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Strategies for Building Self-Esteem

Crises of self-esteem are a part of the human experience. When you feel troubled by low self-esteem, review the suggestions below and choose those that are relevant to your situation and work on them. Be patient with yourself: change takes time and steadfast work.

  1. Free yourself from "should's." Live your life on the basis of what is possible for you and what feels right to you instead of what you or others think you "should" do. "Should's" distract us from identifying and fulfilling our own needs, abilities, interests and personal goals. Find out what you want and what you are good at, value those, and take actions designed to fulfill your potential.
  2. Respect your own needs. Recognize and take care of your own needs and wants first. Identify what really fulfills you -- not just immediate gratifications. Respecting your deeper needs will increase your sense of worth and well-being.
  3. Set achievable goals. Establish goals on the basis of what you can realistically achieve, and then work step-by-step to develop your potential. To strive always for perfectionistic absolute goals -- for example, "Anything less than an A in school is always unacceptable" -- invites stress and failure.
  4. Talk to yourself positively. Stop listening to your "cruel inner critic." When you notice that you are doubting or judging yourself, replace such thoughts with self-accepting thoughts, balanced self-assessment and self-supportive direction.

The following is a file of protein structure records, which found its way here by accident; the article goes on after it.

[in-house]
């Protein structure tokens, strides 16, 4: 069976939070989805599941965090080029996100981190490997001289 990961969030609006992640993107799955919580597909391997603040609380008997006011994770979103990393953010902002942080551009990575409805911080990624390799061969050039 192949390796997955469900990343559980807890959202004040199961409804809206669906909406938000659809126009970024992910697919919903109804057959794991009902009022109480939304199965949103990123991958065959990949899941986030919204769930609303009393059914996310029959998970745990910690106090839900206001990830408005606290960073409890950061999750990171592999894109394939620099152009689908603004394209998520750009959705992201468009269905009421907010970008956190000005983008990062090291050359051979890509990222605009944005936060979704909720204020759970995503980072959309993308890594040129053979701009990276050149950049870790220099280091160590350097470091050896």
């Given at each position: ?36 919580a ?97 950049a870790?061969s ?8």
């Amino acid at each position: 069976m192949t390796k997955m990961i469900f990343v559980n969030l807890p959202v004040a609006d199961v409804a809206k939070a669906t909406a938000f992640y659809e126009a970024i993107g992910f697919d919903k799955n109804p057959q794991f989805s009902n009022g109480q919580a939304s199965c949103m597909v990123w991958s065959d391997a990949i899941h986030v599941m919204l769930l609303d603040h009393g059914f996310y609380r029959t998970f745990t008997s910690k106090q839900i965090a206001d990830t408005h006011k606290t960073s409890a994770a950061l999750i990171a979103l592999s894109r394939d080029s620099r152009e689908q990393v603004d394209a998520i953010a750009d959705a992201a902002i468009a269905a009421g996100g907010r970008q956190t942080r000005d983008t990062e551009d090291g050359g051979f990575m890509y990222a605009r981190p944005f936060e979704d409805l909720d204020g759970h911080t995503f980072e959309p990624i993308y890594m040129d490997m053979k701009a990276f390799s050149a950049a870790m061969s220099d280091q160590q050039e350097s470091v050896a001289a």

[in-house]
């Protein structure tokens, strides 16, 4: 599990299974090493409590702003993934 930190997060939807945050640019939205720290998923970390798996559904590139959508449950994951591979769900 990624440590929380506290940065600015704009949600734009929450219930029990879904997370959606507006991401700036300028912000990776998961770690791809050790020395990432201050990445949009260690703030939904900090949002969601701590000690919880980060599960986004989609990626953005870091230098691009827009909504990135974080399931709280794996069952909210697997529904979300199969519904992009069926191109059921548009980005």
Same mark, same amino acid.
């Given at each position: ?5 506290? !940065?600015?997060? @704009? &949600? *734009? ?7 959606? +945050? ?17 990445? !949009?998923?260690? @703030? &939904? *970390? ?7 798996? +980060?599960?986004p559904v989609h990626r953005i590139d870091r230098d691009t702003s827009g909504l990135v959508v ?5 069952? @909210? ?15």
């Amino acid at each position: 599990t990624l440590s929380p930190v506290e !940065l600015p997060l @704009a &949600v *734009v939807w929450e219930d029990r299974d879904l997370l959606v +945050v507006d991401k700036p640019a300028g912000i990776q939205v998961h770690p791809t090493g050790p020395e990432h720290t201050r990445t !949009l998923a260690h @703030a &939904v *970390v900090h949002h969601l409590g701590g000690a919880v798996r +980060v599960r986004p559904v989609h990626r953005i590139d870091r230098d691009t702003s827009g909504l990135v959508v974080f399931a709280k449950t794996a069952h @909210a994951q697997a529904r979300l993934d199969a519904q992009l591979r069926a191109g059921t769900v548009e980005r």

5. Test your reality. Separate your emotional reactions -- your fears and bad feelings -- from the reality of your current situation. For example, you may feel stupid, anxious and hopeless about a project, but if you think about it, you may still have the ability and opportunity to accomplish something in it.
  6. Experience success. Seek out and put yourself in situations in which the probability of success is high. Look for projects which stretch -- but don't overwhelm -- your abilities. "Image" yourself succeeding. Whatever you accomplish, let yourself acknowledge and experience success and good feelings about it.
  7. Take chances. New experiences are learning experiences which can build self-confidence. Expect to make mistakes as part of the process; don't be disappointed if you don't do it perfectly. Feel good about trying something new, making progress and increasing your competence.
  8. Solve problems. Don't avoid problems, and don't moil about them. Face them, and identify ways to solve them or cope with them. If you run away from problems you can solve, you threaten your self-confidence.
  9. Make decisions. Practice making and implementing positive decisions flexibly but firmly, and trust yourself to deal with the consequences. When you assert yourself, you enhance your sense of yourself, learn more, and increase your self-confidence.
  10. Develop your skills. Know what you can and can't do. Assess the skills you need; learn and practice those.
  11. Emphasize your strengths. Focus on what you can do rather than what you cannot. Accept current limitations and live comfortably within them, even as you consider what strengths you might want or need to develop next.